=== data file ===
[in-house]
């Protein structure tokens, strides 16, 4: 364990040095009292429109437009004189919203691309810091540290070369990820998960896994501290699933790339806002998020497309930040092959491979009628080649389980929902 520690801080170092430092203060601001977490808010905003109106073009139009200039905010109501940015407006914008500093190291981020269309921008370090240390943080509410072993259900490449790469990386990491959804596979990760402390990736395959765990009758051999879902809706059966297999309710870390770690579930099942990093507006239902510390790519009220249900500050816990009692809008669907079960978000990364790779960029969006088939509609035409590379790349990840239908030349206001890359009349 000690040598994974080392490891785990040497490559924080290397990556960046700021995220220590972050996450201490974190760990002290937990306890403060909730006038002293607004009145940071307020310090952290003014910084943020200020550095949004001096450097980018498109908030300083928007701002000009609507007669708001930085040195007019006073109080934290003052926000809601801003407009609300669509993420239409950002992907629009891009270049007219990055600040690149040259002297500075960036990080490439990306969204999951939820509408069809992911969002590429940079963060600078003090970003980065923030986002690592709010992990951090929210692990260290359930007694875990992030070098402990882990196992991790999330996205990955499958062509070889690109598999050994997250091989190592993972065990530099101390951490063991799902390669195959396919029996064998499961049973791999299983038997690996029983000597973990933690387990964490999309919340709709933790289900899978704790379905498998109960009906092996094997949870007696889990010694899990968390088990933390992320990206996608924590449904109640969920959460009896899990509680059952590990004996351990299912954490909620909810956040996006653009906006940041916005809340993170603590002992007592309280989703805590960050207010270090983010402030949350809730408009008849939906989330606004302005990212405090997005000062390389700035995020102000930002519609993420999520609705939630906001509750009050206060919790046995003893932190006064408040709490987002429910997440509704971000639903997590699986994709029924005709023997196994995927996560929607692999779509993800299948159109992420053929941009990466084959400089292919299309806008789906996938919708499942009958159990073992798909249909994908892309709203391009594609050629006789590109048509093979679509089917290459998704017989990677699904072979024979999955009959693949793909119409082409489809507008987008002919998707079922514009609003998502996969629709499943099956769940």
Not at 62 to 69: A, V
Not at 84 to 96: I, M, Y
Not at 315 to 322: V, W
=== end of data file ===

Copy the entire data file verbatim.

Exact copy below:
[in-house]
């Protein structure tokens, strides 16, 4: 364990040095009292429109437009004189919203691309810091540290070369990820998960896994501290699933790339806002998020497309930040092959491979009628080649389980929902 520690801080170092430092203060601001977490808010905003109106073009139009200039905010109501940015407006914008500093190291981020269309921008370090240390943080509410072993259900490449790469990386990491959804596979990760402390990736395959765990009758051999879902809706059966297999309710870390770690579930099942990093507006239902510390790519009220249900500050816990009692809008669907079960978000990364790779960029969006088939509609035409590379790349990840239908030349206001890359009349 000690040598994974080392490891785990040497490559924080290397990556960046700021995220220590972050996450201490974190760990002290937990306890403060909730006038002293607004009145940071307020310090952290003014910084943020200020550095949004001096450097980018498109908030300083928007701002000009609507007669708001930085040195007019006073109080934290003052926000809601801003407009609300669509993420239409950002992907629009891009270049007219990055600040690149040259002297500075960036990080490439990306969204999951939820509408069809992911969002590429940079963060600078003090970003980065923030986002690592709010992990951090929210692990260290359930007694875990992030070098402990882990196992991790999330996205990955499958062509070889690109598999050994997250091989190592993972065990530099101390951490063991799902390669195959396919029996064998499961049973791999299983038997690996029983000597973990933690387990964490999309919340709709933790289900899978704790379905498998109960009906092996094997949870007696889990010694899990968390088990933390992320990206996608924590449904109640969920959460009896899990509680059952590990004996351990299912954490909620909810956040996006653009906006940041916005809340993170603590002992007592309280989703805590960050207010270090983010402030949350809730408009008849939906989330606004302005990212405090997005000062390389700035995020102000930002519609993420999520609705939630906001509750009050206060919790046995003893932190006064408040709490987002429910997440509704971000639903997590699986994709029924005709023997196994995927996560929607692999779509993800299948159109992420053929941009990466084959400089292919299309806008789906996938919708499942009958159990073992798909249909994908892309709203391009594609050629006789590109048509093979679509089917290459998704017989990677699904072979024979999955009959693949793909119409082409489809507008987008002919998707079922514009609003998502996969629709499943099956769940």
Not at 62 to 69: A, V
Not at 84 to 96: I, M, Y
Not at 315 to 322: V, W